**I’m an affiliate of Amazon, which means every purchase from product links helps keep this website going. I only write about things I’m truly passionate about, and products I actually recommend and use for our family.**
I’ve been working on something super exciting (and a little nerve-wracking, truth be told) over the past few months and I am finally ready to share.
First — some background info.
If you follow me over on Instagram, you know how important nature study is to our family. My husband is a forester for goodness sake. 🙂
My oldest just turned six, and he’s at that great age of wanting to discover all nature has to offer, and learn the names of everything and how it all fits together. But nature journaling was daunting for him. The interest was there — but he just doesn’t have the skill set yet to express all of his wonderful thoughts on paper.
That’s why I started putting together these little nature journal guides. My hope is that they will help children journal through subjects within a specific habitat:
The Forest, The Pond, The Meadow, The Mountain, The Garden, The Night Sky.
Each habitat will cover 6-8 subjects, with an 8.5×11 poster and flashcards (hand-painted by yours truly), a coloring sheet and a nature journaling prompt.
(Side note: I love that younger siblings can do the coloring sheet and be included in the lesson)
Sometimes my boy likes drawing his observations right on the page and sometimes he’ll draw in his blank journal. Sometimes he’ll use the illustrations as a guide to sketch out what he’s observing. Sometimes I’ll print the coloring page on cardstock paper and he paints with watercolors.
We use these a lot of ways — I usually let his interest guide how we use them.
I very much hope these little nature journaling guides can be helpful for others getting started with nature study – and trust me – they have been kid tested!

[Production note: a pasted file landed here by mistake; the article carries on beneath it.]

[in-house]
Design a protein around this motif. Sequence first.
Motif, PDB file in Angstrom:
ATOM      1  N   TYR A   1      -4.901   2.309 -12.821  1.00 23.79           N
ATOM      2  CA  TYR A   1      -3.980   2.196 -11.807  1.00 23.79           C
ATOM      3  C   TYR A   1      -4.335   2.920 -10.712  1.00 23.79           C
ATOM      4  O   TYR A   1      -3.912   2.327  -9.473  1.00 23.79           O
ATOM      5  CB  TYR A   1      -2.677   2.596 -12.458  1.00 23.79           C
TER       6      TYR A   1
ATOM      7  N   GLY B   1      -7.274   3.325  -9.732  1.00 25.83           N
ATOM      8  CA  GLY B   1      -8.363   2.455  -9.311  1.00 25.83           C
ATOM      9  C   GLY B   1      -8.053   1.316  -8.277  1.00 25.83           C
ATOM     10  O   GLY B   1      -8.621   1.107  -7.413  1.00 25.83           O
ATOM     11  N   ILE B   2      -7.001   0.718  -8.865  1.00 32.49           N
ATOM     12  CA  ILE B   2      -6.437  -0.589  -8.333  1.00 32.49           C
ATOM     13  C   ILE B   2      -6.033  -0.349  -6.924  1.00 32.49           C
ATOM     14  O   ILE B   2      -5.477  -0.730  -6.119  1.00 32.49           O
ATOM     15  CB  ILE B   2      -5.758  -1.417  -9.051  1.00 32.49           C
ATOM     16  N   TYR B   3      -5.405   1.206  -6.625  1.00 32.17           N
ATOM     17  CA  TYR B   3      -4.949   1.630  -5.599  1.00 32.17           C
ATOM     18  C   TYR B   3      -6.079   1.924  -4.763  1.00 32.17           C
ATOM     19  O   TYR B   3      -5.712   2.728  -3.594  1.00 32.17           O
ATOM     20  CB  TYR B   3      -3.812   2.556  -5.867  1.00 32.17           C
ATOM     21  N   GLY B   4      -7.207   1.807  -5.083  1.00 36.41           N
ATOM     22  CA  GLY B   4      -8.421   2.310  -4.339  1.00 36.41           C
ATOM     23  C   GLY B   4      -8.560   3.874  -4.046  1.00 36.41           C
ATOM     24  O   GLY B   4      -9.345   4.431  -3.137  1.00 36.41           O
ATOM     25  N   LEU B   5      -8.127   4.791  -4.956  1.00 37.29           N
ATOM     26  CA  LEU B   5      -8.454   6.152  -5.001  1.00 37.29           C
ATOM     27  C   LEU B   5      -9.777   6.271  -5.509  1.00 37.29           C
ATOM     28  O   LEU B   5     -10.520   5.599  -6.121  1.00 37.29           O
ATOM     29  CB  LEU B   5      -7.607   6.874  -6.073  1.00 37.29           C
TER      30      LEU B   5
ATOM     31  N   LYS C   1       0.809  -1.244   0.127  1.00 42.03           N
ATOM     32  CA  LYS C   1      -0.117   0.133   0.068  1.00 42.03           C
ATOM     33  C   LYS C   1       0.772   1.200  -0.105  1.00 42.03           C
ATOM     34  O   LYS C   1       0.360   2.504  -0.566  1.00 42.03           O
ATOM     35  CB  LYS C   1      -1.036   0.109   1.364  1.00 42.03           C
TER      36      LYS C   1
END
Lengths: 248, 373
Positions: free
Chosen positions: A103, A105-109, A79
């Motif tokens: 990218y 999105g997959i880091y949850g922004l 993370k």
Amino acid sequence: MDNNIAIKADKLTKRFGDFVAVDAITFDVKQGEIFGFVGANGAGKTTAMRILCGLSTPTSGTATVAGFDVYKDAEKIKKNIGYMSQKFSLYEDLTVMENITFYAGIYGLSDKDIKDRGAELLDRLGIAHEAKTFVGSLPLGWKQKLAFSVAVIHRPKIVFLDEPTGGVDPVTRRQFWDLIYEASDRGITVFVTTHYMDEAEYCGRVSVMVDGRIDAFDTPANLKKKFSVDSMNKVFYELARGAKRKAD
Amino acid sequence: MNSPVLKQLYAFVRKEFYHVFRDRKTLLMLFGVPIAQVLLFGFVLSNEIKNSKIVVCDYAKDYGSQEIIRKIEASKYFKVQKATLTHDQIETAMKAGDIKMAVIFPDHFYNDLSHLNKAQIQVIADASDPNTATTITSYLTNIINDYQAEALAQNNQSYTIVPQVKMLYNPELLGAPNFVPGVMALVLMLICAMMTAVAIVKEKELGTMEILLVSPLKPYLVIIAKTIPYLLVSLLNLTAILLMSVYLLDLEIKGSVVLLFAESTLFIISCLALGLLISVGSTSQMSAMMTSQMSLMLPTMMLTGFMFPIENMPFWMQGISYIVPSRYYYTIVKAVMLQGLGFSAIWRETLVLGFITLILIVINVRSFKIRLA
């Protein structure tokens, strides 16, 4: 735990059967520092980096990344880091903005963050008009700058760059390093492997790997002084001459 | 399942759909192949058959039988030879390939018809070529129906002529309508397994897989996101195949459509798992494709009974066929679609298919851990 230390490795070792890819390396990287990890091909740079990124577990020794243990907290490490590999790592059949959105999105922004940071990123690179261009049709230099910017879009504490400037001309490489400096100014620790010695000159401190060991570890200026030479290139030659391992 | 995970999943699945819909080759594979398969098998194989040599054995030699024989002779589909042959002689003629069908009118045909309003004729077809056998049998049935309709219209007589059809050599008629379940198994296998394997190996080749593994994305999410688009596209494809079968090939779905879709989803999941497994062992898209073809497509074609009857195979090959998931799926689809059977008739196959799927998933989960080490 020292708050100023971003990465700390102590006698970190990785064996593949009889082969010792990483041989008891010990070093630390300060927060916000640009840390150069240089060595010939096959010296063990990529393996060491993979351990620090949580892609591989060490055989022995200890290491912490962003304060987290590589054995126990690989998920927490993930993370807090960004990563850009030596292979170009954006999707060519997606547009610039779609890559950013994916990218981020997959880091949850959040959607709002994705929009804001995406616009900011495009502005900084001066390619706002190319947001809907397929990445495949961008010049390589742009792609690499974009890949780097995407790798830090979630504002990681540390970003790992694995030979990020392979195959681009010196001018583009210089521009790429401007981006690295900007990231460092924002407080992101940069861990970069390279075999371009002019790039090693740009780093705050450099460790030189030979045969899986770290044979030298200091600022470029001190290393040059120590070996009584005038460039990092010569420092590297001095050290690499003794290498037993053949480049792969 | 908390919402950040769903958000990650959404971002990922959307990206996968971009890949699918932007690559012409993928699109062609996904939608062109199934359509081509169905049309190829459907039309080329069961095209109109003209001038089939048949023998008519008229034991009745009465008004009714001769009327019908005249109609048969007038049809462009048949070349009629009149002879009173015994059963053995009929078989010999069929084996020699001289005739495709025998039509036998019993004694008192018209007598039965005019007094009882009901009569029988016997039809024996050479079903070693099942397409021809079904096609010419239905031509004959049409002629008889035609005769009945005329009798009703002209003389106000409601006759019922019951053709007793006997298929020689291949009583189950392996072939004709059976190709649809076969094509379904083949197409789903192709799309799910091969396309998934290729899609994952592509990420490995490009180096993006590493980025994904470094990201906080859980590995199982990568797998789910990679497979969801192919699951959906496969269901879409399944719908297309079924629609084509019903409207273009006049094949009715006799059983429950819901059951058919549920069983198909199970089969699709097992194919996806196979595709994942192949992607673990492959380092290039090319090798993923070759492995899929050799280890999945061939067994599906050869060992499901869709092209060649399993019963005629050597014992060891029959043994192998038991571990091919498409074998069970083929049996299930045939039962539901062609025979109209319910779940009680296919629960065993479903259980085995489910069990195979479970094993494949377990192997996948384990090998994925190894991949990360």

(Fun Fact: when I presented my son with the first – very different – version, he said it was and I quote, “too boring.” Ouch!! Brutal honesty, folks.)
So – friends – I’d love for you to download this Moss + Lichen pack, use it with your kids and tell me what you think.
The boys and I needed a handcraft to make for the Wild + Free handicraft fair and this was the perfect little project. While I plan on teaching my boys practical handcrafts – like sewing and woodworking – this time I needed something simple enough that my three year old could participate in.
Salt-dough is such a neat medium to work with and very easy to mix up (my favorite recipe is below). We used cookie cutters to cut out the pendants and nature treasures from our nature collection to use as stamps.
Straws work perfectly to make holes for stringing the pendants into necklaces.
Once the pendants were all designed, we let them dry. Air drying is an option, but we were in a bit of a time crunch so we dried ours in the oven. We placed them on a parchment paper lined cookie sheet and dried them at 200 degrees for an hour on both sides. Then we left them on the counter overnight to completely dry out before painting.
Both of the boys got a paintbrush and some acrylic paint and painted the nature impressions, leaving the rest white. (You can also use watercolors or even crayons)
Once the paint was dry, I went ahead and brushed on a coat of clear polycrylic. Then, the boys strung some colorful beads onto a string and through the hole in the pendants. I tied them off and viola!
These would also make sweet little gifts for Christmas or birthdays.
2 cups of flour
1 cup of salt
1 cup of water
Thoroughly mix the first two ingredients together. Gradually stir in the water bit by bit, until you get a dough-like consistency. Form it into a ball and knead on a floured surface for 5 minutes. (If the dough gets too sticky, add some more flour.) Roll the dough out to about 1/4-inch thickness before cutting out the pendants with cookie cutters.